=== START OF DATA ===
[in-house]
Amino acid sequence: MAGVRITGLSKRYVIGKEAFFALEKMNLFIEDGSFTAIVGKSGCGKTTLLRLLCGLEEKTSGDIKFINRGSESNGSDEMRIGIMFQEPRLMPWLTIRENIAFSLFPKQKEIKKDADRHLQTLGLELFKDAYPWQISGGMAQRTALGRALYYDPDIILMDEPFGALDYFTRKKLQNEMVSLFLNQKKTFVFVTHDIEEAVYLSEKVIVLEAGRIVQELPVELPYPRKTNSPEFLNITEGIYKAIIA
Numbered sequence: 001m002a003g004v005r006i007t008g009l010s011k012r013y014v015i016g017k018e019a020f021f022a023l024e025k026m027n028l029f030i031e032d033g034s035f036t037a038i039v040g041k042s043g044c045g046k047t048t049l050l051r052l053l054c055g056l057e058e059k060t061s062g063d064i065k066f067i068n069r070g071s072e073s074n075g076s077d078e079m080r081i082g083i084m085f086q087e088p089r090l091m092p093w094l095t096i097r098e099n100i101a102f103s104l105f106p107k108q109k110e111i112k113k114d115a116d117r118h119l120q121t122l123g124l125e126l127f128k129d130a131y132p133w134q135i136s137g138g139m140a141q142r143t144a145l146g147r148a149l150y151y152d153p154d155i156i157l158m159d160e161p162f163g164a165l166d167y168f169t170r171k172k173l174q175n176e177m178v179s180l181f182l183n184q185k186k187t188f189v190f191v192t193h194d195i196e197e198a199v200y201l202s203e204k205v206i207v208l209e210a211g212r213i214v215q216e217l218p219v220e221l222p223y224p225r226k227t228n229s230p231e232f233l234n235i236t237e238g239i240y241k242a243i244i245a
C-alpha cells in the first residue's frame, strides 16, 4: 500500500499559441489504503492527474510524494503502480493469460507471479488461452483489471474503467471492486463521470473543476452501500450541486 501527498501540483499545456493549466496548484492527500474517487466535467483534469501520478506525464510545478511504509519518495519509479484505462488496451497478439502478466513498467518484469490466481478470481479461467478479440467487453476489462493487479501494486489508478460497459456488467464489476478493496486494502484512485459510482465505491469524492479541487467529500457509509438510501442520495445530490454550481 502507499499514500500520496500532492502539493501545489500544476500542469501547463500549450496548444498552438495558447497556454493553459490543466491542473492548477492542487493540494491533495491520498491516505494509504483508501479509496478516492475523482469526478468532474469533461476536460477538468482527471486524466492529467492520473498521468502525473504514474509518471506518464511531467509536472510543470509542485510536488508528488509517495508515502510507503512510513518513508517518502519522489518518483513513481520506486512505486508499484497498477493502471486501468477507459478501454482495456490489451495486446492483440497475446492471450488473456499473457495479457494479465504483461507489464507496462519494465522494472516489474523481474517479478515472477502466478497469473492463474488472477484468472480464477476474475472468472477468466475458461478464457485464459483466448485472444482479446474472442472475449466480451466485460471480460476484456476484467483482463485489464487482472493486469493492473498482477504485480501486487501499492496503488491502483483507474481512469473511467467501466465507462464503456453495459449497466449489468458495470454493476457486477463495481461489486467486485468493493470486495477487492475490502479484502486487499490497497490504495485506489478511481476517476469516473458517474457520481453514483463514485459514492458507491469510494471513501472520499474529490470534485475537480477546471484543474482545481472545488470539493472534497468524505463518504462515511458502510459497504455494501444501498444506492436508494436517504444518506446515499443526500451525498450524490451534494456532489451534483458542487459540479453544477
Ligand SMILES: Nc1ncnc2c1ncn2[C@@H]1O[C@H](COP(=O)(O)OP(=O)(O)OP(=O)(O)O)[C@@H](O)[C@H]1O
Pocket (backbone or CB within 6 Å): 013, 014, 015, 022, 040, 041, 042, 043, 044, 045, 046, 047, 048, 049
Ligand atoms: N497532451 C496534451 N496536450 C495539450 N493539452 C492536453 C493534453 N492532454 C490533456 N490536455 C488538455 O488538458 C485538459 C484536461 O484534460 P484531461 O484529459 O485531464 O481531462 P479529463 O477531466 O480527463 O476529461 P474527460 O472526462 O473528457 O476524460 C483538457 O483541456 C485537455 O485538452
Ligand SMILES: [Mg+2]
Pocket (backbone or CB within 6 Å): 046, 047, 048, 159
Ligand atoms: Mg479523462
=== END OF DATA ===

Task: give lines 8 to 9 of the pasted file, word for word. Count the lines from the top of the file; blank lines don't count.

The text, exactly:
Ligand SMILES: [Mg+2]
Pocket (backbone or CB within 6 Å): 046, 047, 048, 159